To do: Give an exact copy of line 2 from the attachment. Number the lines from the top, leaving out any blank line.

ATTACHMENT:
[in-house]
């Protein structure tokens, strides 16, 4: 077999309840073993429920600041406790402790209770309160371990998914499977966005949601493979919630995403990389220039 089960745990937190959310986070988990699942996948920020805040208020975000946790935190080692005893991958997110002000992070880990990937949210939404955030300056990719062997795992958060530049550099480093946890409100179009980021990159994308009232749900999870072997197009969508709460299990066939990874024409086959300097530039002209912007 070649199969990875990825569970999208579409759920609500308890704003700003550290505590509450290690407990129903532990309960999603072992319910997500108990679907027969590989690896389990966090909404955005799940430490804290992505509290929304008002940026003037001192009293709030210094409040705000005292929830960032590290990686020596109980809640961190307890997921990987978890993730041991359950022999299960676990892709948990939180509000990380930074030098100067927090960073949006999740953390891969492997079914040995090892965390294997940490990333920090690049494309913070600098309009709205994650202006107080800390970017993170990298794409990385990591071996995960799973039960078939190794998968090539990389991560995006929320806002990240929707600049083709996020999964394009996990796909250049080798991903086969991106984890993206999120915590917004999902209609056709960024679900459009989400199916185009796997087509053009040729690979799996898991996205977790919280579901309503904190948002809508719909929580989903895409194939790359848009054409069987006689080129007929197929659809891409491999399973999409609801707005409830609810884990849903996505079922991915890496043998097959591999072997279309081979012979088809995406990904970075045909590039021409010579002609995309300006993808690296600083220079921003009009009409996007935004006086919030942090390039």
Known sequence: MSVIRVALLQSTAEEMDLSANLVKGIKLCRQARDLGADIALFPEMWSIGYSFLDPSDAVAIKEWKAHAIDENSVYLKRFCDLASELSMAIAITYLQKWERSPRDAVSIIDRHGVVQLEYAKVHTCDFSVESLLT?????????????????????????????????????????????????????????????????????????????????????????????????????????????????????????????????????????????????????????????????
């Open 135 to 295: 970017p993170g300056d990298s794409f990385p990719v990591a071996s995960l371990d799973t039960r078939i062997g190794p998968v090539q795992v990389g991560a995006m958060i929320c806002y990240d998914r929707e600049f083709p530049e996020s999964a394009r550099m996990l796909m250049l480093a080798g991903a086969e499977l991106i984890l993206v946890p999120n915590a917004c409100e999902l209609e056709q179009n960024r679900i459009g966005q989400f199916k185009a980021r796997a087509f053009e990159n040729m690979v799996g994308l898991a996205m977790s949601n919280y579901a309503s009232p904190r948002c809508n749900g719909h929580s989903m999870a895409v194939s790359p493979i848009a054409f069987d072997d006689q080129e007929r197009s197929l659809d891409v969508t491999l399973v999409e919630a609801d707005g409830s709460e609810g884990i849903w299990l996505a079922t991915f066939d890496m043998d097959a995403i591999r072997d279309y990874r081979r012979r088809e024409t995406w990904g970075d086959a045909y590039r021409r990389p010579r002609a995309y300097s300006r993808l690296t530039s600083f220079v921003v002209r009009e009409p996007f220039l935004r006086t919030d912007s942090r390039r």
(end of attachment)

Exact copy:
């Protein structure tokens, strides 16, 4: 077999309840073993429920600041406790402790209770309160371990998914499977966005949601493979919630995403990389220039 089960745990937190959310986070988990699942996948920020805040208020975000946790935190080692005893991958997110002000992070880990990937949210939404955030300056990719062997795992958060530049550099480093946890409100179009980021990159994308009232749900999870072997197009969508709460299990066939990874024409086959300097530039002209912007 070649199969990875990825569970999208579409759920609500308890704003700003550290505590509450290690407990129903532990309960999603072992319910997500108990679907027969590989690896389990966090909404955005799940430490804290992505509290929304008002940026003037001192009293709030210094409040705000005292929830960032590290990686020596109980809640961190307890997921990987978890993730041991359950022999299960676990892709948990939180509000990380930074030098100067927090960073949006999740953390891969492997079914040995090892965390294997940490990333920090690049494309913070600098309009709205994650202006107080800390970017993170990298794409990385990591071996995960799973039960078939190794998968090539990389991560995006929320806002990240929707600049083709996020999964394009996990796909250049080798991903086969991106984890993206999120915590917004999902209609056709960024679900459009989400199916185009796997087509053009040729690979799996898991996205977790919280579901309503904190948002809508719909929580989903895409194939790359848009054409069987006689080129007929197929659809891409491999399973999409609801707005409830609810884990849903996505079922991915890496043998097959591999072997279309081979012979088809995406990904970075045909590039021409010579002609995309300006993808690296600083220079921003009009009409996007935004006086919030942090390039």